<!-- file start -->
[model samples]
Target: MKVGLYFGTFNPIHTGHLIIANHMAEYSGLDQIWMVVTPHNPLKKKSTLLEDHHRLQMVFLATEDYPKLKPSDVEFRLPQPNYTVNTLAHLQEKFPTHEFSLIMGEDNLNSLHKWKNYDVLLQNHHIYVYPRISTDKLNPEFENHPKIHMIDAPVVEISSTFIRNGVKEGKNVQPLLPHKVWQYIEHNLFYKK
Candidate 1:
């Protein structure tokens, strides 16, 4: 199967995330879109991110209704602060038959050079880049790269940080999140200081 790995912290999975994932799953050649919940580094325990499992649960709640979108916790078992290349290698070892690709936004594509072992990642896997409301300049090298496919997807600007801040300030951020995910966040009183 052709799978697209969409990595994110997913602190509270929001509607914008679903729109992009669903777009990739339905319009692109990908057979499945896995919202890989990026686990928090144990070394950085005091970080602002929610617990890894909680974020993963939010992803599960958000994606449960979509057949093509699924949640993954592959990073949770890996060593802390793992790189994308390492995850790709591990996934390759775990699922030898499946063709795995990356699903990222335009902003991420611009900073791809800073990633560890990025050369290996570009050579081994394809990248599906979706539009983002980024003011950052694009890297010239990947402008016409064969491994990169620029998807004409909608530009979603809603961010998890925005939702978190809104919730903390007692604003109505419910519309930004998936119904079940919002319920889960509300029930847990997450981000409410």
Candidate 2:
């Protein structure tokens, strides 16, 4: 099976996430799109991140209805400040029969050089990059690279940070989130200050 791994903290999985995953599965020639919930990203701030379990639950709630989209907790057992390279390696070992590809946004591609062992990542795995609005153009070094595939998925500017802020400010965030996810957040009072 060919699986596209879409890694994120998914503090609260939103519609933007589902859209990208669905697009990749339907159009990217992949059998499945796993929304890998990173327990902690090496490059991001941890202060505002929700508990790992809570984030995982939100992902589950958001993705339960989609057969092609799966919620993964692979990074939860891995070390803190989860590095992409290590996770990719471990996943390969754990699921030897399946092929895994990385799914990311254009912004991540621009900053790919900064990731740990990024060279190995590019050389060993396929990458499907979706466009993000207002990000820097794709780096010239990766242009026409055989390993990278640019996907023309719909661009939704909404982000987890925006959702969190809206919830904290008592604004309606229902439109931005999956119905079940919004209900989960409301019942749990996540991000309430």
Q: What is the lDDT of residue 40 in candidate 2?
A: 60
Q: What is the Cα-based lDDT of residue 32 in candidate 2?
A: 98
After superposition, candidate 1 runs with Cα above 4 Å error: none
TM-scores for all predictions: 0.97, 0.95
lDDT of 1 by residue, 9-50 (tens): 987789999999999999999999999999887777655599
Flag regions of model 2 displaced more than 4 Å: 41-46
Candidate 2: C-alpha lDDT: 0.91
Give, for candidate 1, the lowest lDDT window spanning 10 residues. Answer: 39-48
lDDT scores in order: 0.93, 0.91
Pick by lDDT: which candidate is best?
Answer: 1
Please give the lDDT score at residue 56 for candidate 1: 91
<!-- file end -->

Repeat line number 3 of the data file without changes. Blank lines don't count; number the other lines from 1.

Candidate 1: